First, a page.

American Petroleum Institute (API) Pipeline Director Peter Lidiak says he “welcomed” the National Transportation Safety Board (NTSB) investigation findings and recommendations for the 2010 crude oil spill in Marshall, Michigan.
During the incident, a 30 inch-diameter pipeline owned and operated by Enbridge Incorporated ruptured and spilled crude oil into an ecologically sensitive area near the Kalamazoo River for 17 hours until a local utility worker discovered the oil and contacted Enbridge to report the rupture.
The NTSB report was harshly critical of the Canadian company.
"This investigation identified a complete breakdown of safety at Enbridge,” said NTSB Chairman Deboarah A.P. Hersman. “Their employees performed like Keystone Kops and failed to recognize their pipeline had ruptured and continued to pump crude into the environment. Despite multiple alarms and a loss of pressure in the pipeline, for more than 17 hours and through three shifts they failed to follow their own shutdown procedures.”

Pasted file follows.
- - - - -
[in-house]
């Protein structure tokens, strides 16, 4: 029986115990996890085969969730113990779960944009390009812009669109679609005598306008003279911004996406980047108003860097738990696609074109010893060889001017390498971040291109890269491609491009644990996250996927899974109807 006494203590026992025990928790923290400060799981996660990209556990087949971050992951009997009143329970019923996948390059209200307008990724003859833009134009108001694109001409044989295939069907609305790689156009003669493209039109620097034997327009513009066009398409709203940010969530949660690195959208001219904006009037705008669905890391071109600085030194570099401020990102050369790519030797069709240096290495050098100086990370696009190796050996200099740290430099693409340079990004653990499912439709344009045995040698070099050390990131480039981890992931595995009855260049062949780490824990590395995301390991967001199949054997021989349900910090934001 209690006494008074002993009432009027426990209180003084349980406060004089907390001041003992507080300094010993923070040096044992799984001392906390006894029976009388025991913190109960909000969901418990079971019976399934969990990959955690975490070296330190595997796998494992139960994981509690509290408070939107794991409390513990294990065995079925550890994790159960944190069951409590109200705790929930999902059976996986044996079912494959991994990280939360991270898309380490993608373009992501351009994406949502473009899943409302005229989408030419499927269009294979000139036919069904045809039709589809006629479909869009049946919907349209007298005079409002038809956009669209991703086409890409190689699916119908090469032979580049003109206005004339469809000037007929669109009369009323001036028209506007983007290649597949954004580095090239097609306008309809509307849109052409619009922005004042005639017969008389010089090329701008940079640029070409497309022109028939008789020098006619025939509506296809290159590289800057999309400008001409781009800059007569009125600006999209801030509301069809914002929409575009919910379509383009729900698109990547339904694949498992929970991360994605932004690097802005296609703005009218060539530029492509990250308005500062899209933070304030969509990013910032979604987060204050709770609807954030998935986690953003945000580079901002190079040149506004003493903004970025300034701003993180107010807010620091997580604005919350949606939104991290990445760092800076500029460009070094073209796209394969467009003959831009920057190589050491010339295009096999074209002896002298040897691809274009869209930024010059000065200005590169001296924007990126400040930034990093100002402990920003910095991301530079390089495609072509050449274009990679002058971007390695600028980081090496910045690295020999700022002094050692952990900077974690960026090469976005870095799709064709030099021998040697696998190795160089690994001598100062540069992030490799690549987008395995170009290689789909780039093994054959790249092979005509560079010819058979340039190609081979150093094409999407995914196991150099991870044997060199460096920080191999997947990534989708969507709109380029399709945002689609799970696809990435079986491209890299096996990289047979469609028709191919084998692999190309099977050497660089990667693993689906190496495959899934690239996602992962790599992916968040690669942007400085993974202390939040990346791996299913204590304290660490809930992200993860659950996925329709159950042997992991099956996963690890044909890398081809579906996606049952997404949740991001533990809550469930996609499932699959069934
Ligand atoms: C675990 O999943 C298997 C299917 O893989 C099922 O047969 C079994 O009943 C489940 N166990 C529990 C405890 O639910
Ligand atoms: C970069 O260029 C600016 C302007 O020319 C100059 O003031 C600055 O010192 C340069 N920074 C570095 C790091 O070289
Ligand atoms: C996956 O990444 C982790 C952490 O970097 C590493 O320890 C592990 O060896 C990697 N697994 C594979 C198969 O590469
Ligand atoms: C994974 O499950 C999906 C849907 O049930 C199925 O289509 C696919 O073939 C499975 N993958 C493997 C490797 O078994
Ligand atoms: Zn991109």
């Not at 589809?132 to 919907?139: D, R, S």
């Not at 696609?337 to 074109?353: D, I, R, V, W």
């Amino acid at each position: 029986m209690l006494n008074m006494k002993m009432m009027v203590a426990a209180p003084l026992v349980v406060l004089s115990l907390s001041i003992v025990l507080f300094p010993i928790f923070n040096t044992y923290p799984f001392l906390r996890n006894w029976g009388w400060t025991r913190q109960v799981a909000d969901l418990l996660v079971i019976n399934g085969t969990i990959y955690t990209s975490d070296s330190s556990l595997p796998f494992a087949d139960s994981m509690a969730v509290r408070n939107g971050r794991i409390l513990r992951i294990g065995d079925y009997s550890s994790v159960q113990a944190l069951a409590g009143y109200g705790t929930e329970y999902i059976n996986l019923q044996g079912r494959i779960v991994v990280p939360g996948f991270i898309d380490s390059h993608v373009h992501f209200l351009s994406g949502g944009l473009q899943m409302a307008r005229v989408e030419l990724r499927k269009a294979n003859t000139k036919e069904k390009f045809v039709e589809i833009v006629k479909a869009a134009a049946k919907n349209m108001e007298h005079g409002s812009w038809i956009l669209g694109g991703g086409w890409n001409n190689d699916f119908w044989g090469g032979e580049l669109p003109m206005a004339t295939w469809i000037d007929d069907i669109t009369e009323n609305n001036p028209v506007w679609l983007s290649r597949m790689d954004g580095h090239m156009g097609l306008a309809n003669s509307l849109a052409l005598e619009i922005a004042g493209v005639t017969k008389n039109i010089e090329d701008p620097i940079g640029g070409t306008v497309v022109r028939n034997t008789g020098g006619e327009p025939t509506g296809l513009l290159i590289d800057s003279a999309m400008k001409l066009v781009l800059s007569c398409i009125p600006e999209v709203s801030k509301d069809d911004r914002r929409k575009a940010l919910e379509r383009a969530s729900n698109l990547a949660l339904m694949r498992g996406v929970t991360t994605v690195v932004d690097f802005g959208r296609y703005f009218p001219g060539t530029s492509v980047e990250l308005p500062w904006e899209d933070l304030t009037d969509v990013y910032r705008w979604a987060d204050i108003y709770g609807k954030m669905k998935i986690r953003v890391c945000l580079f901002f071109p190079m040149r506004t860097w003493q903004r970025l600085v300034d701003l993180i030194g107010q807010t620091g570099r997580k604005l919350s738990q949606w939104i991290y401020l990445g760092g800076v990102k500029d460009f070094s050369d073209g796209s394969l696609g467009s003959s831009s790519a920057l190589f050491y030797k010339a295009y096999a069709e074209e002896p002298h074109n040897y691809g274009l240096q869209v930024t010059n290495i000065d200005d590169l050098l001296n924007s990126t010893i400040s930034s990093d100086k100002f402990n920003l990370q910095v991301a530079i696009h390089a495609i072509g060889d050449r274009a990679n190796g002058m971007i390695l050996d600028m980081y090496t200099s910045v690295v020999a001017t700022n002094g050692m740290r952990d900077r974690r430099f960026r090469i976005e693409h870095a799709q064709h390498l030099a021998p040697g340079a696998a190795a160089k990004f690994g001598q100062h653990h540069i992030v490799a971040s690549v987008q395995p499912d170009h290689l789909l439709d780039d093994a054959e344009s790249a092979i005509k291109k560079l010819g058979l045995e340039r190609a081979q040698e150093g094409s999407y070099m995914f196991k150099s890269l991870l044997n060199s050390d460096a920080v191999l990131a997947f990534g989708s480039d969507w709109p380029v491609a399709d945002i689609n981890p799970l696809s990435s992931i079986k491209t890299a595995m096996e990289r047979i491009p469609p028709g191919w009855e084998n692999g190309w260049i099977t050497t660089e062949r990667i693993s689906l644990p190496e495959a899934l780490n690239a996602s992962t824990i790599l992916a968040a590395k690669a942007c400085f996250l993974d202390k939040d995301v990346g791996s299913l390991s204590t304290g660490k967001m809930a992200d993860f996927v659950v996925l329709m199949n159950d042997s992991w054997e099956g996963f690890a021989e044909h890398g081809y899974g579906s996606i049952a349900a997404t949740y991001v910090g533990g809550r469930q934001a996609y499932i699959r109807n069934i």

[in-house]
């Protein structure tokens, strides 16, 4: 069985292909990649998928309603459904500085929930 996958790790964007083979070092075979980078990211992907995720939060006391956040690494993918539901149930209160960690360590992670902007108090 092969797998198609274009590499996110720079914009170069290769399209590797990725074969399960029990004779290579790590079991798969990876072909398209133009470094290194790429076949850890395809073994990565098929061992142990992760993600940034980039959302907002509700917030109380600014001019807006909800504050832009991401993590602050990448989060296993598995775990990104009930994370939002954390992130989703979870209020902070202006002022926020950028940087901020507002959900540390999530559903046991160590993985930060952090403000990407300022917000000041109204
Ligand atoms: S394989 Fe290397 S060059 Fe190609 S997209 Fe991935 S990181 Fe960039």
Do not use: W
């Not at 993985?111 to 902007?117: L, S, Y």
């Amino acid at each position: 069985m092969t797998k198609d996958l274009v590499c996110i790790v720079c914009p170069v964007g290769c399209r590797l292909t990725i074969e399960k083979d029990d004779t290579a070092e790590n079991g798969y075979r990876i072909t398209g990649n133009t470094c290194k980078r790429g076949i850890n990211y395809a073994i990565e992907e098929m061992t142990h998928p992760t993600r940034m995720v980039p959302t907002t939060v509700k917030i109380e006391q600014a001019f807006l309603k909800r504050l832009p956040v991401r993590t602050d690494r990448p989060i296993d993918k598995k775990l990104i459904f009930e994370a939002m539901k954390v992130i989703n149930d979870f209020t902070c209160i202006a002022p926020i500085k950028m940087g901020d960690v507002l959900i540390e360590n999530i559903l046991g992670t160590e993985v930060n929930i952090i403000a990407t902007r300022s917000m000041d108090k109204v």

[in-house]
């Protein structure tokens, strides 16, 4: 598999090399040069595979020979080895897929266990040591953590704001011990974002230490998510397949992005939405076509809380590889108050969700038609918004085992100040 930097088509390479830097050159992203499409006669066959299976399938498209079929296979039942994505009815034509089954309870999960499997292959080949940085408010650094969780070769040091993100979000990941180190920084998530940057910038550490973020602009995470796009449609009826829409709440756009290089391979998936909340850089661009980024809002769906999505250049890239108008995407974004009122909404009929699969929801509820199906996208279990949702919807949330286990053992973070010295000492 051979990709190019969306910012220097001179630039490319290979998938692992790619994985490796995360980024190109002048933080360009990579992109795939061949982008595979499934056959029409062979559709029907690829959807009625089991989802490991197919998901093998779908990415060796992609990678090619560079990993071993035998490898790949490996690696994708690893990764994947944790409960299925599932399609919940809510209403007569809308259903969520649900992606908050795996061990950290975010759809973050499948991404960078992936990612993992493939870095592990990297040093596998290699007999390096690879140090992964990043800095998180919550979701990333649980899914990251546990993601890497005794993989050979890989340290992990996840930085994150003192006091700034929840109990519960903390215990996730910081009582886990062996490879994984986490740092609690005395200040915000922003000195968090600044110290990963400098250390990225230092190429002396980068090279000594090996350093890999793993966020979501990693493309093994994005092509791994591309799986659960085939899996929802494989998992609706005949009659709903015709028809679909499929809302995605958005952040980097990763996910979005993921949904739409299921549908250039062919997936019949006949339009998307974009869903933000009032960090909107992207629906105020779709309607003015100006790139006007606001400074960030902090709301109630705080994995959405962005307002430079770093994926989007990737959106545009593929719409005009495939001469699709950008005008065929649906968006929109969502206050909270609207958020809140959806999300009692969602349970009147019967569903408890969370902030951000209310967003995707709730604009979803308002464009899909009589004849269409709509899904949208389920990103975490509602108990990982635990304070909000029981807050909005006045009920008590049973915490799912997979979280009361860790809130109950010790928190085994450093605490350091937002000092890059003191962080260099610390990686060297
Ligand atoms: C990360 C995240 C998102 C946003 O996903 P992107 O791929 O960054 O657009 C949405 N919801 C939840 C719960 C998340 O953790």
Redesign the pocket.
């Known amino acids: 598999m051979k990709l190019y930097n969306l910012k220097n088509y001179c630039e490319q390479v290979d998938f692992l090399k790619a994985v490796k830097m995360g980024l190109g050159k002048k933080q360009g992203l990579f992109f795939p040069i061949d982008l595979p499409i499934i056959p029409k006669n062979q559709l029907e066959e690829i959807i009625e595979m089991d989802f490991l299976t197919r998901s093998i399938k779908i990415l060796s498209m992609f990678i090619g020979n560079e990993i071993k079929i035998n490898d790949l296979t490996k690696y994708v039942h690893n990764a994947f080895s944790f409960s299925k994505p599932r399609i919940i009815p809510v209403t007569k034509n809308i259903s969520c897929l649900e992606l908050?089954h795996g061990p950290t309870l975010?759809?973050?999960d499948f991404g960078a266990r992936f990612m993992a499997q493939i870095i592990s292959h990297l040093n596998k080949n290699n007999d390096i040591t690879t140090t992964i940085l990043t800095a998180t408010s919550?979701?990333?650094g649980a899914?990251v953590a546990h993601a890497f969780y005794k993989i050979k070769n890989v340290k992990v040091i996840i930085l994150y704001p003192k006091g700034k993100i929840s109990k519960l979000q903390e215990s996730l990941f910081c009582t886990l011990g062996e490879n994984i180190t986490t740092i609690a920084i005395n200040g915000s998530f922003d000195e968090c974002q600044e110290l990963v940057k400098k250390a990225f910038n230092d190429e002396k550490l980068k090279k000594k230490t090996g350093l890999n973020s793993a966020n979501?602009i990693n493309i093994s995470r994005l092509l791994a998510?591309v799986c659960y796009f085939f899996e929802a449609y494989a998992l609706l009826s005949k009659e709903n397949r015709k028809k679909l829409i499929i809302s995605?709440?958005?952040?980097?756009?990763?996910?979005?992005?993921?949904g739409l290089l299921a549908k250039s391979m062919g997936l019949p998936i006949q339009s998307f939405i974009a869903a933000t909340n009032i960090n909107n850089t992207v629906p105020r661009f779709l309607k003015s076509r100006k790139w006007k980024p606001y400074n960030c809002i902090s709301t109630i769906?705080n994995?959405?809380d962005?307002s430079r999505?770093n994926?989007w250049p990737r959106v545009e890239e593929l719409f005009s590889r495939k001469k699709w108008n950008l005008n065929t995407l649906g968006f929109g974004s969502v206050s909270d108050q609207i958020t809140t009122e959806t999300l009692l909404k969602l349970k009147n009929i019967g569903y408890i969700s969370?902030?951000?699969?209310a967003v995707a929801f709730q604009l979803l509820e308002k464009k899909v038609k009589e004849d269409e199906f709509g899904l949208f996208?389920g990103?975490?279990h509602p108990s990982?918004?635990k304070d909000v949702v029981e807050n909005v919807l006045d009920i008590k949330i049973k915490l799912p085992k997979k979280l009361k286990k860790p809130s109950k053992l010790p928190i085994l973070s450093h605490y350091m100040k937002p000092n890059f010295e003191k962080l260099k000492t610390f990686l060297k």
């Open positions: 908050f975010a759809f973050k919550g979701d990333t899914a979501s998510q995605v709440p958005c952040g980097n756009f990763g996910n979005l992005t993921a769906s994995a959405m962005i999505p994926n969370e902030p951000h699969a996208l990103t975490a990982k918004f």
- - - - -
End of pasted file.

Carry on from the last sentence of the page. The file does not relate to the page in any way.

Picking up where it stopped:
The API’s Lidiak said that the oil industry has a number of safety enhancement initiatives underway, including improving recognition of, response to and reporting of large ruptures; accelerated research and development to improve in-line inspection tools (or smart pigs); and better ways to share industry learning from incidents like the Marshall spill.
The draft NTSB report addresses a number of issues around pipeline leak detection, control room management, emergency response preparedness and pipeline integrity management practices. A final report is expected soon.
“API and its members will work with its regulators and the NTSB to appropriately address the findings and recommendations of the final report when it is released,” said Lidiak.
“The industry continues to strive for zero incidents,” said Lidiak. “Our goal is to continually improve our practices and procedures to have the highest safety record in the world.”
The API represents more than 500 oil and natural gas companies.